The Moon's Silence: Music and Word under the Chinese Sky offers us an avant-garde vision of China's past poetic, musical and scientific production, in which melodies from medieval Europe are combined with the sound of the Altai mountains, celestial poems from more than 2000 years ago or the Tao of the zither, ending with music and texts from the 20th century: 2500 years of science, literature, philosophy and music.
articulates this performance around a chronological selection of scientific texts whose authorship ranges from the earliest philosophers of nature to contemporary science fiction writers, including both male voices and works in which Chinese women astronomers, poets and painters of the past reflect on gender issues around art, science and the roles of women in the society they inhabited. The occasional appearances of scientific texts of Western origin will recreate a sort of imaginary dialogue between philosophers of the nature of both traditions through time and space, discovering some concepts that were enunciated in the East centuries before being formulated in the West.
The reading of the texts goes hand in hand with the interpretation of Chinese music that includes both ancient works (contemporary to our medieval, renaissance and baroque production) and classical and contemporary pieces, interpreted with Chinese instruments and, as in the readings, with occasional interventions by Western voices that constitute a meeting point between China and Europe.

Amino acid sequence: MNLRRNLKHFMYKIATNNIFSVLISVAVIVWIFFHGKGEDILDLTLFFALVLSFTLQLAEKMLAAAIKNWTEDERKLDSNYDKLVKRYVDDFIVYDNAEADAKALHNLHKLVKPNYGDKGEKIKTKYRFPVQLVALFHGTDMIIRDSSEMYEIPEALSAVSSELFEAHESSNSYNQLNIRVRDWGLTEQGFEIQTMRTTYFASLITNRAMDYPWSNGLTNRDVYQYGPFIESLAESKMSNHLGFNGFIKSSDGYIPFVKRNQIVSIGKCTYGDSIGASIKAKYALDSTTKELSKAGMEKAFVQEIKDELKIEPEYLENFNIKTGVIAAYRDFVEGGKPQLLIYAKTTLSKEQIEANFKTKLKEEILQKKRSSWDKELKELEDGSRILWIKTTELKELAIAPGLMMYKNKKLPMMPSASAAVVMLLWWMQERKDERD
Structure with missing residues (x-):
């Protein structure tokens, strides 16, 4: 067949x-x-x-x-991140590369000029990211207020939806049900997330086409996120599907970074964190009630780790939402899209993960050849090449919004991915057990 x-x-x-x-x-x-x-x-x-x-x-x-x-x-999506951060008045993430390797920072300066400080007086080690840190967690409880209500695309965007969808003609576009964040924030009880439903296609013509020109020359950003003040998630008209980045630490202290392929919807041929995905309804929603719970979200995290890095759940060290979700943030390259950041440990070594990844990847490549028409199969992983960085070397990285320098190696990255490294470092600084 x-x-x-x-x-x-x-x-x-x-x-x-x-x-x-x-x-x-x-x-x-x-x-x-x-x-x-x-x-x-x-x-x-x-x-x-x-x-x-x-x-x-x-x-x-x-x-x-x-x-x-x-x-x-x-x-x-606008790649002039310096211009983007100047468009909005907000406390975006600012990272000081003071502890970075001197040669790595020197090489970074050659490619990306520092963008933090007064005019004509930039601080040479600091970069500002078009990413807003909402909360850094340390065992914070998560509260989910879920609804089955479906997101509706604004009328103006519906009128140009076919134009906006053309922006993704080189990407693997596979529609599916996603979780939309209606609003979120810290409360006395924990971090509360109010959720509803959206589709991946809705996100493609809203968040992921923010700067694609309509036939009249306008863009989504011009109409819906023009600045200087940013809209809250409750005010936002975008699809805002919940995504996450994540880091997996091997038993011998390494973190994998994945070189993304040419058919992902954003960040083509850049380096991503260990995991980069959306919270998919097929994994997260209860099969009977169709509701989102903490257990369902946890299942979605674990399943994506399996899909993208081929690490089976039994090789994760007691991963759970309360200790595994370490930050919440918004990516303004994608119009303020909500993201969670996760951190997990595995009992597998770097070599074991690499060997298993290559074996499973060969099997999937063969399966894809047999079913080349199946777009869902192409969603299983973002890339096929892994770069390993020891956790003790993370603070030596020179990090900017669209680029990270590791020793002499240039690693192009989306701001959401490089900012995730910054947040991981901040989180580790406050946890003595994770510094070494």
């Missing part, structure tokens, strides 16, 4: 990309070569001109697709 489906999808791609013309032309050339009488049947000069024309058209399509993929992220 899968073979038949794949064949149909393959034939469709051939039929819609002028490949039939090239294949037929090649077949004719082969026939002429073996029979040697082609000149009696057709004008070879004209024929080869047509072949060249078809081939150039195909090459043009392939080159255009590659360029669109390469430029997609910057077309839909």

In support of the entire soundscape, the show is accompanied by the projection of images that will provide the ideal visual content to serve as a framework for the rest: Chinese pictorial and calligraphic works, as well as facsimiles of scientific documents in Chinese, including the oldest extant star map in the world.
The Moon’s Silence: Music and Word under the Chinese Sky puts voice, music and image to authors such as Qu Yuan 屈原 (4th century BCE), Wang Bi 王弼 (3th century), Zhang Zai 张载 (11th century), Hildegard von Bingen (12th century), Galileo Galilei (17th century), Wang Zhenyi 王贞仪 (18th century), ...
Through a threefold musical, poetic and visual narrative, this performative show aims to open new paths towards understanding the study of nature by showing a history of science independent of Western science, thus broadening the horizons of the form and methods of exploration of the phenomena of the world around us.
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